The boards discussed uncertain consideration in relation to revenue recognition and leases. The revenue recognition sessions also focused on allocating the transaction price, licences and rights to use, fulfilment costs, and sale and repurchase agreements. The leases sessions also focused on the definition of a lease and whether there should be one or two accounting approaches for leases.

The session on insurance focused on the use of a 'top-down approach' to determine a discount rate.

The impairment sessions included consideration of feedback from the outreach activities and comment letters on the joint supplementary document Financial Instruments: Impairment, interest income recognition and the definition of amortised cost and whether to discount a loss estimate.

In the sessions on hedge accounting the IASB began its redeliberations on the exposure draft Hedge Accounting and discussed the objective of hedge accounting and accounting for 'funding swaps', designating risk components of financial instruments that bear interest below a benchmark rate (the 'sub-LIBOR' issue), the eligibility of non-derivative financial instruments as hedging instruments (including the interaction with the fair value option) and macro hedge accounting.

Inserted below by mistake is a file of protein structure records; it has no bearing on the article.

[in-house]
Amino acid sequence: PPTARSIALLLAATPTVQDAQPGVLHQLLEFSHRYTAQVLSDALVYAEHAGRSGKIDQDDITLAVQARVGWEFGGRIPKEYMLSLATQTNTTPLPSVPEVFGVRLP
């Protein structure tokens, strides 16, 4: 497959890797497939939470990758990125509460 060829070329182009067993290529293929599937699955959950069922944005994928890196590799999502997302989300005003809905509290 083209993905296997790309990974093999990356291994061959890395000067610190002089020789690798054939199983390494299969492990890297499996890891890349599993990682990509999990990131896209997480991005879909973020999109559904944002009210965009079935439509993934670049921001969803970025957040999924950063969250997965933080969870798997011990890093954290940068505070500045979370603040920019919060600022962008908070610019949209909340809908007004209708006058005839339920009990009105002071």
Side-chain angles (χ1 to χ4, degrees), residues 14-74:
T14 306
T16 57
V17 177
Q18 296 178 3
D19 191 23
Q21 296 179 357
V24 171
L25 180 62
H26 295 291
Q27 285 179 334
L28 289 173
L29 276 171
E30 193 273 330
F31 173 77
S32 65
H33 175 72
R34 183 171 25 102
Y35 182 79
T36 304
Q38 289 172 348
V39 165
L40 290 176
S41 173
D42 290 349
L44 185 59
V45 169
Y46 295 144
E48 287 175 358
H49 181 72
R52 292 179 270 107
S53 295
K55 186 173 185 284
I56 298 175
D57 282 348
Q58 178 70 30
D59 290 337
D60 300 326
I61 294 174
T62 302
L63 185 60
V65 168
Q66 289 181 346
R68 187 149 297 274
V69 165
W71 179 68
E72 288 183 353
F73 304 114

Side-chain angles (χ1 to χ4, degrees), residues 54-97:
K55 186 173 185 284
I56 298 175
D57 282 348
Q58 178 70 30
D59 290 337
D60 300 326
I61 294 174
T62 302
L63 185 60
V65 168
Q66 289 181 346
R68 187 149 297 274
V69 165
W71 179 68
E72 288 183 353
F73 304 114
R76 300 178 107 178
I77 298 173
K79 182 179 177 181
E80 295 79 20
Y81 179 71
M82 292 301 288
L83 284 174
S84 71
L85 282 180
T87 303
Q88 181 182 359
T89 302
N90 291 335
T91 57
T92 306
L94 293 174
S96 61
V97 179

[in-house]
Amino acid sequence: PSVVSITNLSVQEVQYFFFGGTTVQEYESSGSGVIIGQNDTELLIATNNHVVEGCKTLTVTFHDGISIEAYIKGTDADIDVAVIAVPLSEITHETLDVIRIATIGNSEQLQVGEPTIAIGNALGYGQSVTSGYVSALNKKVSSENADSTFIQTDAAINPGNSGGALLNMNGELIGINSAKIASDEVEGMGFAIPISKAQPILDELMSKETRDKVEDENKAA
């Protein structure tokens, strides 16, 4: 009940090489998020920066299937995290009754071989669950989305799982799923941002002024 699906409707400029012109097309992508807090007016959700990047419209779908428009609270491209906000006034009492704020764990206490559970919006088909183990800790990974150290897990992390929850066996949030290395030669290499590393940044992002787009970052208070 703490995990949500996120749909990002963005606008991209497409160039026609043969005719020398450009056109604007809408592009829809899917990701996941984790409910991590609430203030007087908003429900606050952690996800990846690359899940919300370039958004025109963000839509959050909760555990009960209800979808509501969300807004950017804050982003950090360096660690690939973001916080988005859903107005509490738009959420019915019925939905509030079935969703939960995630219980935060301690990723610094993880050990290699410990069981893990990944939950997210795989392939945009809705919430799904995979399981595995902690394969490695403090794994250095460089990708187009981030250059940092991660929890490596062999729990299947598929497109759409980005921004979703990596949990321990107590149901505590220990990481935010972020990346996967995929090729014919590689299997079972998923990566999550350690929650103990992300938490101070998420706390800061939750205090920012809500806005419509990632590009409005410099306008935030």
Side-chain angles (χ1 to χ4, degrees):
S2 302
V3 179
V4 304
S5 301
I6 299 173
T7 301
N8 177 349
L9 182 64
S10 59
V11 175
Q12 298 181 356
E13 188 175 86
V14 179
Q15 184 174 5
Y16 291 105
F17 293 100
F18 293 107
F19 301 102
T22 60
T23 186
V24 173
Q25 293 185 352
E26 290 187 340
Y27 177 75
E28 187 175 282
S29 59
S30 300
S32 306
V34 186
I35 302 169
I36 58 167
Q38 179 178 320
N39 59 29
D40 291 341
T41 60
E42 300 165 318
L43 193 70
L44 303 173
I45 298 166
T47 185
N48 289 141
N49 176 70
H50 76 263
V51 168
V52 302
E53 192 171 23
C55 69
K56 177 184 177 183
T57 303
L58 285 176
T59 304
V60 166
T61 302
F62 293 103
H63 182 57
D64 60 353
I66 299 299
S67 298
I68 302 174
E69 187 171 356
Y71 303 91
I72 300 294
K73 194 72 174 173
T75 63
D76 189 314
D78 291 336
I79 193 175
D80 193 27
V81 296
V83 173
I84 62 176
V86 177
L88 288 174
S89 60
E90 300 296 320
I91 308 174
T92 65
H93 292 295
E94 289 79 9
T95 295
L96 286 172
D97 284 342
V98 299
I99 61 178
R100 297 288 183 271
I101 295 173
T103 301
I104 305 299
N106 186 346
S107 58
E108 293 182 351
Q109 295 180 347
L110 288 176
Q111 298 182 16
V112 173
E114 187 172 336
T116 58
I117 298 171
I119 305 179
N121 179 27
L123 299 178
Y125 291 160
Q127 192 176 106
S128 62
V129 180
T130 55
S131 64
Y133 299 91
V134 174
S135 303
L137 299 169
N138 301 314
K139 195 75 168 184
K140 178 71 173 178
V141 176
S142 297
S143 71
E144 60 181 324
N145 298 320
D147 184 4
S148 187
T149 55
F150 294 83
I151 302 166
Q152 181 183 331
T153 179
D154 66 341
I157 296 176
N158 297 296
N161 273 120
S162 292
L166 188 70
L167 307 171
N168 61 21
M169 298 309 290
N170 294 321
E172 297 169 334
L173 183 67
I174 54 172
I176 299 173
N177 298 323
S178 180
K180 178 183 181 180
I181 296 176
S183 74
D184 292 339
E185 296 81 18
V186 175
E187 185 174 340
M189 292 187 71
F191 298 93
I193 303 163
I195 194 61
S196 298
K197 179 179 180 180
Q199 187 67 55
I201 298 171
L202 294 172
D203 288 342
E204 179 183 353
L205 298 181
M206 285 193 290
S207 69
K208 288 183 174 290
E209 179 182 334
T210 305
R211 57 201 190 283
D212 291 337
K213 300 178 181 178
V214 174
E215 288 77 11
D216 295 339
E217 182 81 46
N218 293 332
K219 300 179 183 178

During board week Sir David Tweedie, Chairman of the IASB, and Leslie Seidman, Chairman of the FASB, recorded an interview in which they review the achievements of the convergence programme so far and the time line for completing the remaining elements of the programme. To listen to the interview and read a transcript, please click here : Interview with Sir David Tweedie and Leslie Seidman regarding the timeline for completing the convergence programme

The topics discussed at the joint IASB/FASB board meeting were:

  • Financial instruments: impairment
  • Insurance contracts
  • Leases
  • Revenue recognition

The topics discussed at the IASB Board meeting were:

  • Financial instruments: hedge accounting
  • IFRS Interpretations Committee - update from last meeting